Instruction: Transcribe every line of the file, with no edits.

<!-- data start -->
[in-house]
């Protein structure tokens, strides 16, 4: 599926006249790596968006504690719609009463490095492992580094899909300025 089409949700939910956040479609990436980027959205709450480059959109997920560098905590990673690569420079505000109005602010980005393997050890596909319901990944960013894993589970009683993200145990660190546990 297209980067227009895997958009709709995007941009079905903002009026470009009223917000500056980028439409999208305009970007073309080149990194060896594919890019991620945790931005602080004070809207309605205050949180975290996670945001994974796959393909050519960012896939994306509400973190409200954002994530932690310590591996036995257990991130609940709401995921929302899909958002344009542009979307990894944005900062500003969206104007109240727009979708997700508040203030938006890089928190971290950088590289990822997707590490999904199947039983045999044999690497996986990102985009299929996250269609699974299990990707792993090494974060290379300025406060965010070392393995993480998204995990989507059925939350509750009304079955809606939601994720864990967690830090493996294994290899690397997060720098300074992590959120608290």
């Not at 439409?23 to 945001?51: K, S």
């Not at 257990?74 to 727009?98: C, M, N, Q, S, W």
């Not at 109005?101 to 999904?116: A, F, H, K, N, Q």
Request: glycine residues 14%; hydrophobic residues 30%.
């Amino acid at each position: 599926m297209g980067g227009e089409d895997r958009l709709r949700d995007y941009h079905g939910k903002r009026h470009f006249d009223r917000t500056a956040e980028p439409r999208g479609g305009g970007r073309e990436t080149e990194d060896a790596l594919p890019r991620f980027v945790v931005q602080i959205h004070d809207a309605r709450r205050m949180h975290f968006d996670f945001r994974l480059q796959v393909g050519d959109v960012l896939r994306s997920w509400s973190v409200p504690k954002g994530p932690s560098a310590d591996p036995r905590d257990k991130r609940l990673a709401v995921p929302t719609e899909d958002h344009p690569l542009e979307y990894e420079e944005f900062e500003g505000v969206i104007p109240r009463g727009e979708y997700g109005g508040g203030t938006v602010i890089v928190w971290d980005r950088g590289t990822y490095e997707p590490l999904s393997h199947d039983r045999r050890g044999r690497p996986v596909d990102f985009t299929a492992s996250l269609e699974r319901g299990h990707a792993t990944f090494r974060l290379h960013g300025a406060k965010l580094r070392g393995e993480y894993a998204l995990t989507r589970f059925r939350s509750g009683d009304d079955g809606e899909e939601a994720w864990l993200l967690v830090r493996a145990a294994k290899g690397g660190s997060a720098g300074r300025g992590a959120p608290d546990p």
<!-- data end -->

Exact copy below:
[in-house]
């Protein structure tokens, strides 16, 4: 599926006249790596968006504690719609009463490095492992580094899909300025 089409949700939910956040479609990436980027959205709450480059959109997920560098905590990673690569420079505000109005602010980005393997050890596909319901990944960013894993589970009683993200145990660190546990 297209980067227009895997958009709709995007941009079905903002009026470009009223917000500056980028439409999208305009970007073309080149990194060896594919890019991620945790931005602080004070809207309605205050949180975290996670945001994974796959393909050519960012896939994306509400973190409200954002994530932690310590591996036995257990991130609940709401995921929302899909958002344009542009979307990894944005900062500003969206104007109240727009979708997700508040203030938006890089928190971290950088590289990822997707590490999904199947039983045999044999690497996986990102985009299929996250269609699974299990990707792993090494974060290379300025406060965010070392393995993480998204995990989507059925939350509750009304079955809606939601994720864990967690830090493996294994290899690397997060720098300074992590959120608290």
């Not at 439409?23 to 945001?51: K, S």
């Not at 257990?74 to 727009?98: C, M, N, Q, S, W």
């Not at 109005?101 to 999904?116: A, F, H, K, N, Q």
Request: glycine residues 14%; hydrophobic residues 30%.
């Amino acid at each position: 599926m297209g980067g227009e089409d895997r958009l709709r949700d995007y941009h079905g939910k903002r009026h470009f006249d009223r917000t500056a956040e980028p439409r999208g479609g305009g970007r073309e990436t080149e990194d060896a790596l594919p890019r991620f980027v945790v931005q602080i959205h004070d809207a309605r709450r205050m949180h975290f968006d996670f945001r994974l480059q796959v393909g050519d959109v960012l896939r994306s997920w509400s973190v409200p504690k954002g994530p932690s560098a310590d591996p036995r905590d257990k991130r609940l990673a709401v995921p929302t719609e899909d958002h344009p690569l542009e979307y990894e420079e944005f900062e500003g505000v969206i104007p109240r009463g727009e979708y997700g109005g508040g203030t938006v602010i890089v928190w971290d980005r950088g590289t990822y490095e997707p590490l999904s393997h199947d039983r045999r050890g044999r690497p996986v596909d990102f985009t299929a492992s996250l269609e699974r319901g299990h990707a792993t990944f090494r974060l290379h960013g300025a406060k965010l580094r070392g393995e993480y894993a998204l995990t989507r589970f059925r939350s509750g009683d009304d079955g809606e899909e939601a994720w864990l993200l967690v830090r493996a145990a294994k290899g690397g660190s997060a720098g300074r300025g992590a959120p608290d546990p």